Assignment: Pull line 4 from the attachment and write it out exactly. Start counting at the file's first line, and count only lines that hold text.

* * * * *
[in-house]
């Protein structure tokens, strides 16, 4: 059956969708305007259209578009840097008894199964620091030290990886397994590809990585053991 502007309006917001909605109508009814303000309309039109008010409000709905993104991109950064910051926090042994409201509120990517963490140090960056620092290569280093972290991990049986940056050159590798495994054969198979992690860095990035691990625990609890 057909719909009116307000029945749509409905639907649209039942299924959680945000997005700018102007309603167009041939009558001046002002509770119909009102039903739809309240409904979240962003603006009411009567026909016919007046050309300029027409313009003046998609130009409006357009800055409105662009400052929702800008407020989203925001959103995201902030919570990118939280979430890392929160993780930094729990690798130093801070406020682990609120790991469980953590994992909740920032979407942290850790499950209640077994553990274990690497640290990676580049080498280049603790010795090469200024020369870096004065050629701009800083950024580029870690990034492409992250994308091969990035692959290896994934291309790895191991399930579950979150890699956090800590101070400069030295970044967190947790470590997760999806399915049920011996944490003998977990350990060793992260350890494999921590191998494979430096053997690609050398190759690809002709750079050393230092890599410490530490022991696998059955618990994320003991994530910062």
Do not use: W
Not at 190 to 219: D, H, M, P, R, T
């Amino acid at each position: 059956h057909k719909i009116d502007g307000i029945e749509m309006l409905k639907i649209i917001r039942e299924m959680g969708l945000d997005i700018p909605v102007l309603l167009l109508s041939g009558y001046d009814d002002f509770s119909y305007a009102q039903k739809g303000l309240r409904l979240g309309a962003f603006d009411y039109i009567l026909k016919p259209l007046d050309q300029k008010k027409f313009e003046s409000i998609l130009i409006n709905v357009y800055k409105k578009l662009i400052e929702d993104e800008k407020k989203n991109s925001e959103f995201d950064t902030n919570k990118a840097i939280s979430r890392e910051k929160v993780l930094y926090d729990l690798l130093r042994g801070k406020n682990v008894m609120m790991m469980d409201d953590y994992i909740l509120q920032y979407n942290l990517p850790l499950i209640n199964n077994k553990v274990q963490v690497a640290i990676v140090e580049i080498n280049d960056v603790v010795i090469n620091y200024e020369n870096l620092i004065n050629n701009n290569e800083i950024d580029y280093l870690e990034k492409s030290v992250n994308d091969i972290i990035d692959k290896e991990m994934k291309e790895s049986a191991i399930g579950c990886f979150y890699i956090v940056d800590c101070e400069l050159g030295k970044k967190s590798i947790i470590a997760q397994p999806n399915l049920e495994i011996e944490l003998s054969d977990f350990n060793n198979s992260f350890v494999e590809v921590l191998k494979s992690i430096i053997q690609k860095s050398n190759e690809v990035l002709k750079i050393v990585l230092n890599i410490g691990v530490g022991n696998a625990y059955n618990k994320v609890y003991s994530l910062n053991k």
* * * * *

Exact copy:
Not at 190 to 219: D, H, M, P, R, T